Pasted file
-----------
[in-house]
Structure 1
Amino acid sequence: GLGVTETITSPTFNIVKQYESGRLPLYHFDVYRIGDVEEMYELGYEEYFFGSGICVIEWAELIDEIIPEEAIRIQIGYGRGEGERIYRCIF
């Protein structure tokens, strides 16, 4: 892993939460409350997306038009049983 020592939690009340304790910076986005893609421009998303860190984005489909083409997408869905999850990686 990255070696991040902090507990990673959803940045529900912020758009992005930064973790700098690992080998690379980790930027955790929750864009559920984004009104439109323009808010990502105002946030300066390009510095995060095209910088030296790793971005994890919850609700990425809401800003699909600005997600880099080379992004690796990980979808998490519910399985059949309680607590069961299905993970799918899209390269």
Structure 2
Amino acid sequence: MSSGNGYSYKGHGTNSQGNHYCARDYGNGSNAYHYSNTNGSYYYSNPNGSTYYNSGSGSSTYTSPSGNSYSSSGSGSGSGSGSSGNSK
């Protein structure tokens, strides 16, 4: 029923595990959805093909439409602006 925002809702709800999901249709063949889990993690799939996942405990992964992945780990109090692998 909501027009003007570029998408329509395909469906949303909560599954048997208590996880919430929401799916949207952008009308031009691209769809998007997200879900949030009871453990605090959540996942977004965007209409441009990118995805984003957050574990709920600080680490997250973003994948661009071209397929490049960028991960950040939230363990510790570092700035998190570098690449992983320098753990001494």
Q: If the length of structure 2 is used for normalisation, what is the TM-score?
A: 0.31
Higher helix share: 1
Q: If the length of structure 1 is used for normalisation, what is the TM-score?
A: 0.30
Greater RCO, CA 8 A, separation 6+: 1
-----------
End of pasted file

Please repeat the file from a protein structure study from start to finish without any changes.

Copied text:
[in-house]
Structure 1
Amino acid sequence: GLGVTETITSPTFNIVKQYESGRLPLYHFDVYRIGDVEEMYELGYEEYFFGSGICVIEWAELIDEIIPEEAIRIQIGYGRGEGERIYRCIF
């Protein structure tokens, strides 16, 4: 892993939460409350997306038009049983 020592939690009340304790910076986005893609421009998303860190984005489909083409997408869905999850990686 990255070696991040902090507990990673959803940045529900912020758009992005930064973790700098690992080998690379980790930027955790929750864009559920984004009104439109323009808010990502105002946030300066390009510095995060095209910088030296790793971005994890919850609700990425809401800003699909600005997600880099080379992004690796990980979808998490519910399985059949309680607590069961299905993970799918899209390269």
Structure 2
Amino acid sequence: MSSGNGYSYKGHGTNSQGNHYCARDYGNGSNAYHYSNTNGSYYYSNPNGSTYYNSGSGSSTYTSPSGNSYSSSGSGSGSGSGSSGNSK
């Protein structure tokens, strides 16, 4: 029923595990959805093909439409602006 925002809702709800999901249709063949889990993690799939996942405990992964992945780990109090692998 909501027009003007570029998408329509395909469906949303909560599954048997208590996880919430929401799916949207952008009308031009691209769809998007997200879900949030009871453990605090959540996942977004965007209409441009990118995805984003957050574990709920600080680490997250973003994948661009071209397929490049960028991960950040939230363990510790570092700035998190570098690449992983320098753990001494």
Q: If the length of structure 2 is used for normalisation, what is the TM-score?
A: 0.31
Higher helix share: 1
Q: If the length of structure 1 is used for normalisation, what is the TM-score?
A: 0.30
Greater RCO, CA 8 A, separation 6+: 1